Three years later found Jen living with the dissection in her descending aorta, remaining on blood-pressure lowering medication and a heart medicine to battle the ongoing heart failure.   Because of her youth, the hope was that her heart muscle might yet re-model and grow stronger. Two of the four valves of her heart might need to be replaced eventually. 

Jen and Terry traveled to southern California in September 2006. It was intended to be just a brief visit. In addition to attending Bicuspid Aortic Foundation activities for TAAD Awareness 2006, Jen also had follow up tests and appointments. One of those tests, a 64 slice CT scan, revealed a new development - another dissection, this time in her other coronary artery. When told of the new tear, Jen and Terry knew when it must have happened. On the evening of August 31st Jen felt a slight pain in her chest. Locally, nothing was found. Without the fast camera and high resolution of the relatively new 64 slice CT, this new tear would not have been found. But now the approach to treating Jen had to change. She would not survive another tear in the arteries of her heart. Jen needed a new heart.
Waiting for A New Heart, December 2006

Jen was asked to remain in Los Angeles and undergo evaluation for a heart transplant rather than returning to Hawaii. A trip of a few days turned into months as she remained in southern California, waiting for a new heart. 

December 20, 2006
Jen ready to leave the hospital with her new heart

On the morning of December 20th, the phone rang. There was a heart for Jen. With that call Jen's plans for breakfast with Terry, whose plane from Hawaii had just landed, quickly changed. They would  meet at the hospital instead.

While waiting in a hospital room, someone asked Jen if she was nervous. She calmly said that this was so much easier than before, when she was rushed to the hospital in pain. For Jen, who has survived three dissections, this was the first time she would undergo surgery by choice, not as a life-threatening emergency.

Those who watched this brave young woman wheeled through the doors to surgery saw in that moment the same courage and gentle strength with which Jen has traveled the world, protecting the freedoms of us all.

Waiting on the other side of those doors was a new heart with healthy blood vessels and the skilled hands of the transplant team. Among the hands there to give Jen a new heart were those of the aortic surgeon who had steadfastly championed Jen's cause, determined that Jen and others with TAAD be given every opportunity to triumph over it.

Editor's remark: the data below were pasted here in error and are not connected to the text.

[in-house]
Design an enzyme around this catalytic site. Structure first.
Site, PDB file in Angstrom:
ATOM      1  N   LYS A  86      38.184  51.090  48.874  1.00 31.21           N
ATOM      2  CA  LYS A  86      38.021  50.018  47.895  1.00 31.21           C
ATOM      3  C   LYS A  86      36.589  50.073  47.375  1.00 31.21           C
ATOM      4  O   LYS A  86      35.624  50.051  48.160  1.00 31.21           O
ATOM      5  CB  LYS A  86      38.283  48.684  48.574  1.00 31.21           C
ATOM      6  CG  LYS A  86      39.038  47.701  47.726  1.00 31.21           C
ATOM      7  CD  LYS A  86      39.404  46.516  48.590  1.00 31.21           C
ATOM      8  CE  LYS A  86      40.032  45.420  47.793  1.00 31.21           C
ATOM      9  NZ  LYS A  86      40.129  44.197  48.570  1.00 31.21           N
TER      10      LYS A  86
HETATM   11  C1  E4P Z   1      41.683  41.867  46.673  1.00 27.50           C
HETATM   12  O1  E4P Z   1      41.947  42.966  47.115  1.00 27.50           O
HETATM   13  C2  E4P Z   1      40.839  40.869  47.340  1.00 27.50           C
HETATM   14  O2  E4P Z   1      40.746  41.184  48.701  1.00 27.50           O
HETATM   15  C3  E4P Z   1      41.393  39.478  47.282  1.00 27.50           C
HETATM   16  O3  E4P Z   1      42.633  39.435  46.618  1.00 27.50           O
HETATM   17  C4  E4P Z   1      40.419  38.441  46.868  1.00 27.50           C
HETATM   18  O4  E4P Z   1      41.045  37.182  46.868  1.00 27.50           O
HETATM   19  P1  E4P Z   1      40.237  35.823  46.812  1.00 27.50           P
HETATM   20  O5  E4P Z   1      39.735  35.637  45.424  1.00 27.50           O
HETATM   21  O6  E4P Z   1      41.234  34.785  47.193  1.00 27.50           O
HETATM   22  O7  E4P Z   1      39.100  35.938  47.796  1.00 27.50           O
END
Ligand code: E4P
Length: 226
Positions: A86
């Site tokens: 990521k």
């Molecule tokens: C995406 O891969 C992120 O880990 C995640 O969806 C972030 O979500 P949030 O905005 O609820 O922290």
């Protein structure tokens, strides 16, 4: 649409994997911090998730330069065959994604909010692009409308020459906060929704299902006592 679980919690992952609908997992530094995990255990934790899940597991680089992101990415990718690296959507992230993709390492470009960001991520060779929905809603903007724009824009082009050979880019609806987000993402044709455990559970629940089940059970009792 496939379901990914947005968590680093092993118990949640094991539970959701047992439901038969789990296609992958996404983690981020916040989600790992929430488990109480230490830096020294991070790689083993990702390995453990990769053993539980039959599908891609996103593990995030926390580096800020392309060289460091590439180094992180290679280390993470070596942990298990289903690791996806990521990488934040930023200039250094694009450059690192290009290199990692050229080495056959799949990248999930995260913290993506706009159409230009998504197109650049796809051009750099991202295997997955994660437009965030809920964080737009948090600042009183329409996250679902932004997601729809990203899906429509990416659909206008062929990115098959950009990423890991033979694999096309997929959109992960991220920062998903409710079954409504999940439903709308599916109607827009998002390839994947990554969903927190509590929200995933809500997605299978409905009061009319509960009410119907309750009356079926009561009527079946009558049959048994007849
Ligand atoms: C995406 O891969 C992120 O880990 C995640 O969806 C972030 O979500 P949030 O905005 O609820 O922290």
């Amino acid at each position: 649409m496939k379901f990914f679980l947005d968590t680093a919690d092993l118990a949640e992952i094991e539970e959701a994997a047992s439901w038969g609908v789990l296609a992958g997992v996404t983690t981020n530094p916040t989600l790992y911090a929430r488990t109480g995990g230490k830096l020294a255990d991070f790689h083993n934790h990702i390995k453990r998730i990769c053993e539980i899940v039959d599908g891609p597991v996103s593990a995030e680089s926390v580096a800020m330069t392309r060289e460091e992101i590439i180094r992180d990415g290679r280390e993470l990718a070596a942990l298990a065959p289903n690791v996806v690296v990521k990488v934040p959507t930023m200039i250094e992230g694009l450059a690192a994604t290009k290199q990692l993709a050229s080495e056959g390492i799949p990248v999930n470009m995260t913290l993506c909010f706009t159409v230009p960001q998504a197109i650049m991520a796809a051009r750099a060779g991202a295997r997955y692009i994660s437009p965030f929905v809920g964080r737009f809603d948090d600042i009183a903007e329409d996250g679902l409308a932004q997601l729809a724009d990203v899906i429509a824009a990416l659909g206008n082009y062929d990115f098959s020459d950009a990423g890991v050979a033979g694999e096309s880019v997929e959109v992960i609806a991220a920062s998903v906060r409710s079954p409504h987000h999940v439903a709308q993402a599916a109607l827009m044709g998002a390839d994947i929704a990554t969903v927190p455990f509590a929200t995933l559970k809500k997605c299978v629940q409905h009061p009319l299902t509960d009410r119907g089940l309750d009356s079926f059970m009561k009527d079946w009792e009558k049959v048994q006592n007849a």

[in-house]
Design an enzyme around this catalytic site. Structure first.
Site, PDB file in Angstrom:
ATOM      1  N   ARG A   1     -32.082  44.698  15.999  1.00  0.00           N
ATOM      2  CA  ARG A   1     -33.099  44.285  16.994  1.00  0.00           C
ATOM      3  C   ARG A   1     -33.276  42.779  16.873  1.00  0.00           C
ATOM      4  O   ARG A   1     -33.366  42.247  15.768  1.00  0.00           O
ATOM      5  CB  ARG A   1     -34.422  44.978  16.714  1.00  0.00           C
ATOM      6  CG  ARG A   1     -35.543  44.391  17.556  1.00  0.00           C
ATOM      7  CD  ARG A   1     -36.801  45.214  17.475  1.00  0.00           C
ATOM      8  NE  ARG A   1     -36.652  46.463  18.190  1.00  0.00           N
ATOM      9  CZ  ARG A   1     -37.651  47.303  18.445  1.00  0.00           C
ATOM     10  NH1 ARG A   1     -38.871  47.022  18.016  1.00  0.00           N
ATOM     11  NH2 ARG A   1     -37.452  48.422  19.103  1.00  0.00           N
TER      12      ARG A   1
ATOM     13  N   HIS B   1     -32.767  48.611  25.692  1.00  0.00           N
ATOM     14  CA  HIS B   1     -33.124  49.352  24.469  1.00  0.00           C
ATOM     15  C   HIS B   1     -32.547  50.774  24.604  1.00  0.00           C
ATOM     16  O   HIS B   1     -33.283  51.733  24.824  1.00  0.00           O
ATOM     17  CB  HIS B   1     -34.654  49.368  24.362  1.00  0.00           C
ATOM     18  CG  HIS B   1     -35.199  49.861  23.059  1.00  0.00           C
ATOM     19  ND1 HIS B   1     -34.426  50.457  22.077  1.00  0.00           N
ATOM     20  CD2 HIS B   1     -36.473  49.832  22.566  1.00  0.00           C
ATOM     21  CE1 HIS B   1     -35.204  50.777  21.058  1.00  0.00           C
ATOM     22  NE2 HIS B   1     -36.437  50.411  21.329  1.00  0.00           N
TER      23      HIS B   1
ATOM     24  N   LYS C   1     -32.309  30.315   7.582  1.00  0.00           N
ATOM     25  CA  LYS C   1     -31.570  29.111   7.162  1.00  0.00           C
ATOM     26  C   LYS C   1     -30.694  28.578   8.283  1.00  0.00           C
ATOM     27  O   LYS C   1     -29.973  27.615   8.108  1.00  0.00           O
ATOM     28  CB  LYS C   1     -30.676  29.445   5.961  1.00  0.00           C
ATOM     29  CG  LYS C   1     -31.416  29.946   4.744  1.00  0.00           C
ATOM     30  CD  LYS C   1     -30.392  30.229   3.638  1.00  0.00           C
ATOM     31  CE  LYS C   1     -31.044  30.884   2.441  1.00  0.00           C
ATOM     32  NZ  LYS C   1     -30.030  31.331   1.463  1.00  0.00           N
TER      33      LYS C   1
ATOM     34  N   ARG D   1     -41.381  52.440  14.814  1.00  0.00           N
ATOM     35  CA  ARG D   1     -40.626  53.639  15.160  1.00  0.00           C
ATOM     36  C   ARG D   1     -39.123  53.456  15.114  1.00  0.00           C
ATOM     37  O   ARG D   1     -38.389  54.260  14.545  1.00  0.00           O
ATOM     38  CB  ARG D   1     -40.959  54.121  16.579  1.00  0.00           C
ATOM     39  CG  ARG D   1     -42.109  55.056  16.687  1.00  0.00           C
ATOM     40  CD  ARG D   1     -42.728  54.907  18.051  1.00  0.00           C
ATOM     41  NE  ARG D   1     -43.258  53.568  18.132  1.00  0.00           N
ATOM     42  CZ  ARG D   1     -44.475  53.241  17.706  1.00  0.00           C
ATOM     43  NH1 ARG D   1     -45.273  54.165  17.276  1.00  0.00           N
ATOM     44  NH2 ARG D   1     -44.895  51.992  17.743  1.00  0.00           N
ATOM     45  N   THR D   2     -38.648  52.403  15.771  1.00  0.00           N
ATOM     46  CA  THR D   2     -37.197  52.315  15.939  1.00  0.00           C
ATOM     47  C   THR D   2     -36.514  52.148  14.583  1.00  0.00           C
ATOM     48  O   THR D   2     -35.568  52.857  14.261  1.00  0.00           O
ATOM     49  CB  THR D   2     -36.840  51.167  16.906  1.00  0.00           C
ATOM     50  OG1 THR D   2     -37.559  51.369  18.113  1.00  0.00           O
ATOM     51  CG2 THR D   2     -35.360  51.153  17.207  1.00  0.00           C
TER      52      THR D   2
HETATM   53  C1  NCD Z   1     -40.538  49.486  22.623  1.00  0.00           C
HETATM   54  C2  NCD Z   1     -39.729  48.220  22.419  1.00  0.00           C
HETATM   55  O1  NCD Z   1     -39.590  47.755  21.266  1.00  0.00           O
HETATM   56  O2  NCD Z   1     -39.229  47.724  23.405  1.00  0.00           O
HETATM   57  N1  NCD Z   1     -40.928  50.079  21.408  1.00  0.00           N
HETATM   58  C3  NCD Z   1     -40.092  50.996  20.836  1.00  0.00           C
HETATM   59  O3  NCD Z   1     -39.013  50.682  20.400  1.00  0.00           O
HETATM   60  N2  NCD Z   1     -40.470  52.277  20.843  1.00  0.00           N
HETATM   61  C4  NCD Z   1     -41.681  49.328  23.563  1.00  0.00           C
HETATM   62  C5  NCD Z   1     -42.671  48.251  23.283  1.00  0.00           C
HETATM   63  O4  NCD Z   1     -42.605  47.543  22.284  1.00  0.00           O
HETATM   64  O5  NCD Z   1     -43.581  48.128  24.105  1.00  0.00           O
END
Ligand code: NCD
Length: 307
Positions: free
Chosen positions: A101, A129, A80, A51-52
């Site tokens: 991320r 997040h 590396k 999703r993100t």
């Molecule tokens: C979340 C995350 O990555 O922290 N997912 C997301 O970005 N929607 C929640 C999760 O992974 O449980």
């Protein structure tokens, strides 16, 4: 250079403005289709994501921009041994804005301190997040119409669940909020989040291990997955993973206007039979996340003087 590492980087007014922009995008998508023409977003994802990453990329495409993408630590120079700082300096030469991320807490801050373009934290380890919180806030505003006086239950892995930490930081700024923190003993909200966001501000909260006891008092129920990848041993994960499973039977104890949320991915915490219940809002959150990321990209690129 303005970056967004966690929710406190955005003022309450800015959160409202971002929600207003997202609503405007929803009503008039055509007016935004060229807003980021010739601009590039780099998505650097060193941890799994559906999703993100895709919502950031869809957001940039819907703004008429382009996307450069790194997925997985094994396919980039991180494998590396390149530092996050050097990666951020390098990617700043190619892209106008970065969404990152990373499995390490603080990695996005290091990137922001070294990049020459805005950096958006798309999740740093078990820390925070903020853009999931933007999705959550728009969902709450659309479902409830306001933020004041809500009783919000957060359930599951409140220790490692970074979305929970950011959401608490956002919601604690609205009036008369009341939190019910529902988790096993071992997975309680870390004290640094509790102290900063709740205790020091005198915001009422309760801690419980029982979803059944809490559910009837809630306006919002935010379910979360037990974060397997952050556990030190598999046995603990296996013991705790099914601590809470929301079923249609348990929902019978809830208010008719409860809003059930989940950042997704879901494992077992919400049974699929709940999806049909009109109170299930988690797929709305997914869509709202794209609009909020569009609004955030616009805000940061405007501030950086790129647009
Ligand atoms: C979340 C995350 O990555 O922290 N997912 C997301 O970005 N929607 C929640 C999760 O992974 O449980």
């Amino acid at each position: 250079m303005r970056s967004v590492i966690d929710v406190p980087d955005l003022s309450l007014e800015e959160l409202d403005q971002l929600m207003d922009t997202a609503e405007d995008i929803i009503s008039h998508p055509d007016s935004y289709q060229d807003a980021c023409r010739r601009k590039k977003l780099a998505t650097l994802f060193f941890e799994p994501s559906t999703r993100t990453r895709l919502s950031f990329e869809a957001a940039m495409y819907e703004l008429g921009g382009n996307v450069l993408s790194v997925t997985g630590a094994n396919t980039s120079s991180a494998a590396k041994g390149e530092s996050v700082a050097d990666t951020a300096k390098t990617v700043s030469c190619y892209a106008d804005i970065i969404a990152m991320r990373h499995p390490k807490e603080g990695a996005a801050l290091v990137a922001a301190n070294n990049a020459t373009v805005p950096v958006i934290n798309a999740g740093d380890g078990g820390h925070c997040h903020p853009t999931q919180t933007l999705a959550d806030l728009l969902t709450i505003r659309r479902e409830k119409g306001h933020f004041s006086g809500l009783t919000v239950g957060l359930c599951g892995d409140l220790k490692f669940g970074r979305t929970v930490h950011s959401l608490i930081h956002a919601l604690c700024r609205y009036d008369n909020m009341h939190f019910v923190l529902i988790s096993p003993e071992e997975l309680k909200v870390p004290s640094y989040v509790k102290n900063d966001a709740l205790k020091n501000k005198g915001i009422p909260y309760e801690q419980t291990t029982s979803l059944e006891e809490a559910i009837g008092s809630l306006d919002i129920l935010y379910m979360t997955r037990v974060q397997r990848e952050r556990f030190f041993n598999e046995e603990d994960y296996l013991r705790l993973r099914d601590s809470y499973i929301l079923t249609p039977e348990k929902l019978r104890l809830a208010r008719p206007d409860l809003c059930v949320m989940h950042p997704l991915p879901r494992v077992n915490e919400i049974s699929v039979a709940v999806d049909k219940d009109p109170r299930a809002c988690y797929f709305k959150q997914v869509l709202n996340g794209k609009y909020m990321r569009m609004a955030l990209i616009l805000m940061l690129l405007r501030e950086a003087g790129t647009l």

It seemed very fitting that it was in December, the month of Christmas and also her birthday, that Jen received the gift of life, a new heart. Somewhere, in the midst of their sorrow, may a family be comforted in knowing they have given the precious gift of life to another.  The heart of their loved one has a new home. It beats now in Jen's chest.  

Jen continues to do well today. In the video below, Jen and Dr. Sharo Raissi, who opened many doors of hope for her, tell her story.

Monday, August 1, 2011

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About Us

Bicuspid Aortic Foundation Board of Directors

Bicuspid Aortic Foundation Mission Statement

The Bicuspid Aortic Foundation's mission is to:

• promote the well being and longevity of those affected by bicuspid aortic valve disease, thoracic aortic aneurysm and dissection, and any and all related conditions

• provide information and educational resources for patients, their families, and the general public

• encourage and support medical professionals and research scientists in exchanging information and advancing understanding of bicuspid aortic valve disease and thoracic aortic aneurysm and dissection, their underlying causes, and the optimization of care for these conditions

• seek research funding for bicuspid aortic valve and thoracic aortic aneurysm and dissection conditions